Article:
D.C. Council member Brianne K. Nadeau (D-Ward 1), right, has spent heavily on her contested re-election campaign over the past three months. (Matt McClain/The Washington Post)

With a week remaining before the D.C. primary, candidates are pouring their campaign cash into advertising and campaign materials aimed at getting voters’ attention in what many predict will be a low-turnout election.

The spending, outlined in campaign finance reports filed Monday night that cover the past three months, follows a tried-and-true playbook for local races, which District voters often don’t scrutinize until the last weeks of a campaign.

That is particularly true when no marquee race tops the ballot — as is the case this year, with Mayor Muriel E. Bowser (D) facing no strong opponents. In the heavily Democratic District, Democratic primary winners typically go on to victory in the general election.

The final sprint of campaign spending before Tuesday’s vote is most pronounced among incumbent candidates, most of whom enjoy a fundraising advantage over their challengers.

D.C. Council Chairman Phil Mendelson (D) spent $277,000 over the past three months, much of it on advertising, and raised $340,000. His opponent, left-wing activist and former D.C. Fiscal Policy Institute executive director Ed Lazere, spent $153,000 over the same period and raised $108,000.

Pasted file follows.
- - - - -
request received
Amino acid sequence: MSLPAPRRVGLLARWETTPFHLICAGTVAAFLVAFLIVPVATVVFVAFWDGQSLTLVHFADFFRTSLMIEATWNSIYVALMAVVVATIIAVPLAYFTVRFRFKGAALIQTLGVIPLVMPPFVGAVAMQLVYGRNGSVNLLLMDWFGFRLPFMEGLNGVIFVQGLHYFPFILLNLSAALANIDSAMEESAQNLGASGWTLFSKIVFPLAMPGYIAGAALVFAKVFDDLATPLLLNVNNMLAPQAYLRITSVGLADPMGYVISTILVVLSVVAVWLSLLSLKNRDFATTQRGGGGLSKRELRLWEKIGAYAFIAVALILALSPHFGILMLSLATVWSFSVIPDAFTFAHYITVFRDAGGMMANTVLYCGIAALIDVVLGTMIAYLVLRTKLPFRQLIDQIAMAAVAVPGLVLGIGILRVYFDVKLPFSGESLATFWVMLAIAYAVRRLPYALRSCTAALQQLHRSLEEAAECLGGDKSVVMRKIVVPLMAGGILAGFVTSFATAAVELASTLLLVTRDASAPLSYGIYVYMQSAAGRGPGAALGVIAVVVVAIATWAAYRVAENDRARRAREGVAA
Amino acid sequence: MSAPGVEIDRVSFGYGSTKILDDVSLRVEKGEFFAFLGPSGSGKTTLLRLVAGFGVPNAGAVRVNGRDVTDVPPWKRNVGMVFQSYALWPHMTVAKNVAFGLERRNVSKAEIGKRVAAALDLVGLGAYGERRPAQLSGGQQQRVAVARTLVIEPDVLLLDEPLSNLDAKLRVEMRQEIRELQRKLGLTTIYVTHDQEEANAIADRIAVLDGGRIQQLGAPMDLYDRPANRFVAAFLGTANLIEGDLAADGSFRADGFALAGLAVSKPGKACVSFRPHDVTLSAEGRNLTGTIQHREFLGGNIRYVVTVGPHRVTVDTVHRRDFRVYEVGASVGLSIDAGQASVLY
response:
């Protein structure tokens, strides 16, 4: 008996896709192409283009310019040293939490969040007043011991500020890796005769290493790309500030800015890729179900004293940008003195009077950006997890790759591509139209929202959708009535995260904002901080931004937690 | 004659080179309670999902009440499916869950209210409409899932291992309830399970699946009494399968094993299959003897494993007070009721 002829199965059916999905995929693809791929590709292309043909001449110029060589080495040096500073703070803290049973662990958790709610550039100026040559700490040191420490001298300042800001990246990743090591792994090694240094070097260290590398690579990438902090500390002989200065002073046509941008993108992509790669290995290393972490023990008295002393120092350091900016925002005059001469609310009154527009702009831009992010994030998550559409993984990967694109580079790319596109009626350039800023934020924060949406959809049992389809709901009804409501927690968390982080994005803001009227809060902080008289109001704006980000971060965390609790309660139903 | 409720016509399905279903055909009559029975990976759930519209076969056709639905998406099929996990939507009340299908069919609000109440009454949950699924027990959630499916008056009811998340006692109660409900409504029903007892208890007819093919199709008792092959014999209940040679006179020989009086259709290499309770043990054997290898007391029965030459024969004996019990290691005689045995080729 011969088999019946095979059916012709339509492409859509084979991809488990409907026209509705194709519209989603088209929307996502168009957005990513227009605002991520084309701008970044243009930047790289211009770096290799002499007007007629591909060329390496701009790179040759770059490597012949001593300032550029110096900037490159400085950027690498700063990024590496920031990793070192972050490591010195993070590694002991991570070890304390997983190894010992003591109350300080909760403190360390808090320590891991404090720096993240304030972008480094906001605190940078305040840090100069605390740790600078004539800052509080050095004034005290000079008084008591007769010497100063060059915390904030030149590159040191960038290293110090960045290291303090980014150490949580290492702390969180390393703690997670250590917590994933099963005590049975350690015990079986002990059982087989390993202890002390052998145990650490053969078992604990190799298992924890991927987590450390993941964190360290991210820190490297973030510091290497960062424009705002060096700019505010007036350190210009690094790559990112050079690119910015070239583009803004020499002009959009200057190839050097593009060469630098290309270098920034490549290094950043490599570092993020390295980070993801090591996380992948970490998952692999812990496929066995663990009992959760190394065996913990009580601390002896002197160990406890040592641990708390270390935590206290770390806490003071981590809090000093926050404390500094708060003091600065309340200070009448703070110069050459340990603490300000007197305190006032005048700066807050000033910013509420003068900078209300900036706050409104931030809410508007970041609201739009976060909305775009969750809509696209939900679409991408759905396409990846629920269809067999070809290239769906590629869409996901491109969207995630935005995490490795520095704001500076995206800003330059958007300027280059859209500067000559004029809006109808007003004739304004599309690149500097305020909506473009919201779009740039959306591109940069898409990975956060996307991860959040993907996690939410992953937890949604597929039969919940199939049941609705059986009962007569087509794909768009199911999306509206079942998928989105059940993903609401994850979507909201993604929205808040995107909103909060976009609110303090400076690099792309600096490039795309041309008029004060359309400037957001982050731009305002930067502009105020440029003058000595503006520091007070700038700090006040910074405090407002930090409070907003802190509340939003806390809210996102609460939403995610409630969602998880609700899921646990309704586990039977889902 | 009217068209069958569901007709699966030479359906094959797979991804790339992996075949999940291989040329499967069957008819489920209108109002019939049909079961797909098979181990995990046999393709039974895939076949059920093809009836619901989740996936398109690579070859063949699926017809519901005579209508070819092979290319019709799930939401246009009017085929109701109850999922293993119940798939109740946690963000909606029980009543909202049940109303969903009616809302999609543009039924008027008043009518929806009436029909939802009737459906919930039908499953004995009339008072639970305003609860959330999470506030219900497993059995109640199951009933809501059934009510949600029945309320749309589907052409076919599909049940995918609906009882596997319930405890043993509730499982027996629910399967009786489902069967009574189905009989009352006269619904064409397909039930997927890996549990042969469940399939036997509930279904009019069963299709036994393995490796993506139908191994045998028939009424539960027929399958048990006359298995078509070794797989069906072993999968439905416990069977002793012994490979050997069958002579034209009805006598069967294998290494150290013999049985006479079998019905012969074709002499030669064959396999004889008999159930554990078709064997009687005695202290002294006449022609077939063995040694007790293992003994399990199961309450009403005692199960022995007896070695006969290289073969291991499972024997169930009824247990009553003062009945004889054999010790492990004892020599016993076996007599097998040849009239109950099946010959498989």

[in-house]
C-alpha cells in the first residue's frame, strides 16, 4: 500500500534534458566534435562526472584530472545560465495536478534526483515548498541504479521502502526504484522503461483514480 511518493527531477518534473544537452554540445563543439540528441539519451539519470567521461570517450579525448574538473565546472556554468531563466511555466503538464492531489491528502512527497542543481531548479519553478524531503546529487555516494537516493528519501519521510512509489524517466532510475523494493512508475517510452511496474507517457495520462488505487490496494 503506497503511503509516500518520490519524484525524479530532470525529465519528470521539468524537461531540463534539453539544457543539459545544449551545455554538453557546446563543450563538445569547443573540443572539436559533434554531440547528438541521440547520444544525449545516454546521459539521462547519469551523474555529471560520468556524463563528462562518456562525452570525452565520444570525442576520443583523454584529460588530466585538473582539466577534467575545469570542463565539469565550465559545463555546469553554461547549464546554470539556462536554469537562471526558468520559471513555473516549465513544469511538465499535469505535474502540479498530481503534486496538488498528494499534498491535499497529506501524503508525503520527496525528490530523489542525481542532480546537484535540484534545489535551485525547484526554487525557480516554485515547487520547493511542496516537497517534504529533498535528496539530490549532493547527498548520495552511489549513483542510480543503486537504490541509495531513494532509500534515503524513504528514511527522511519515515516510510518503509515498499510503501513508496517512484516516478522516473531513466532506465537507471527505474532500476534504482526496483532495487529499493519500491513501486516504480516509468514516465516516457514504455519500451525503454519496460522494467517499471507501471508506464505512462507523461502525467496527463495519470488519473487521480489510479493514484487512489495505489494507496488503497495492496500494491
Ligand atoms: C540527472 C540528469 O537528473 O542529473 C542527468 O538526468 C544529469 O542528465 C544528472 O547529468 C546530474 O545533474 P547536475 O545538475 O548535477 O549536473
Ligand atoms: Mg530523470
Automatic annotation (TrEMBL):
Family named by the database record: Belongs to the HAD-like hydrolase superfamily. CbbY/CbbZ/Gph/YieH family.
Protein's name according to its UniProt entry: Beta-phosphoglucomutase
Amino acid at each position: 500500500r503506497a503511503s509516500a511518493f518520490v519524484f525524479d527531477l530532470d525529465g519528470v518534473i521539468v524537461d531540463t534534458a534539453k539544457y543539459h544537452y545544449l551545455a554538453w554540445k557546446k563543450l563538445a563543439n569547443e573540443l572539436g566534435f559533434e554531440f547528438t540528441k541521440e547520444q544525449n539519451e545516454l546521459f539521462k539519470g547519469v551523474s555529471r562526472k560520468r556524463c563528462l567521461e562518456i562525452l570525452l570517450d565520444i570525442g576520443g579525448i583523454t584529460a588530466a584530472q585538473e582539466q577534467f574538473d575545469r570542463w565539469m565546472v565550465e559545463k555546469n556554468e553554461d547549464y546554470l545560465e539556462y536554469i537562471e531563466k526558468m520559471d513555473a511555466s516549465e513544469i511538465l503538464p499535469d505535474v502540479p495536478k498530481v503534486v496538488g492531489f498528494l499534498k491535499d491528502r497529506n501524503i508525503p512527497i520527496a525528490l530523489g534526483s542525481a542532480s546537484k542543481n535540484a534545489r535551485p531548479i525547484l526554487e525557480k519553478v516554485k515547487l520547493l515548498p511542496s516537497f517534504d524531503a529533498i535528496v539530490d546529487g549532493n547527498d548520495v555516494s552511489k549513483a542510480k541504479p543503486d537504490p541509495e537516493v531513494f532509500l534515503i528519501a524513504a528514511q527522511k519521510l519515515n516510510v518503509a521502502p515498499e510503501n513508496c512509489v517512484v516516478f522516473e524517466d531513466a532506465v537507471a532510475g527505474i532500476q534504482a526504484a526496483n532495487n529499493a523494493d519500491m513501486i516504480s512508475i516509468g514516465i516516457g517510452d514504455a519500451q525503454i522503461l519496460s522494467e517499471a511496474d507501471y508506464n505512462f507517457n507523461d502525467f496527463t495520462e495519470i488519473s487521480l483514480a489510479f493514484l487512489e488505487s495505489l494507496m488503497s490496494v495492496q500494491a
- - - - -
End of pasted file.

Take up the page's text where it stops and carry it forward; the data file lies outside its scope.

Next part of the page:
Council member Brianne K. Nadeau (D-Ward 1) spent $154,000, more than triple the combined amounts spent by her three challengers — law librarian and Advisory Neighborhood Commissioner Kent Boese, former D.C. Superior Court magistrate judge Lori Parker and architectural drafter Sheika Reid.

Some political observers in Ward 1 have said that while Nadeau, a freshman lawmaker, is contending with some anti-incumbent sentiment, she is benefiting from the effect of multiple challengers who could divide the vote against her.

Not all incumbents have a marked financial advantage. The campaign committee of council member Anita Bonds (D-At large) has spent $41,000 over the past three months, compared with $37,000 spent by challenger Jeremiah Lowery and $31,000 spent by challenger Marcus Goodwin.

Bonds, who, along with Nadeau, is considered the least secure incumbent in an election cycle that favors most sitting elected officials, has struggled to raise money at the same rate as some of her fellow council members.

The biggest spender of the last quarter was a surprising one: Bowser, who faces no strong opponents in the primary. The mayor’s campaign spent $691,000, according its financial report.

Bill Lightfoot, Bowser’s campaign chairman, said the mayor’s prolific spending in the virtually uncontested race was intended to highlight her agenda for voters.

“It’s really her trying to get her message out, making sure people understand there’s a reason to vote for her. Even though she doesn’t have a credible opponent,” he said. “She does expect to be mayor, and she wants to have people buy into her program and realize there’s a reason to be optimistic and be hopeful.”

The campaign report for Bowser states that $408,000 was spent on advertising and $194,000 on consulting fees, along with $71,000 on postage.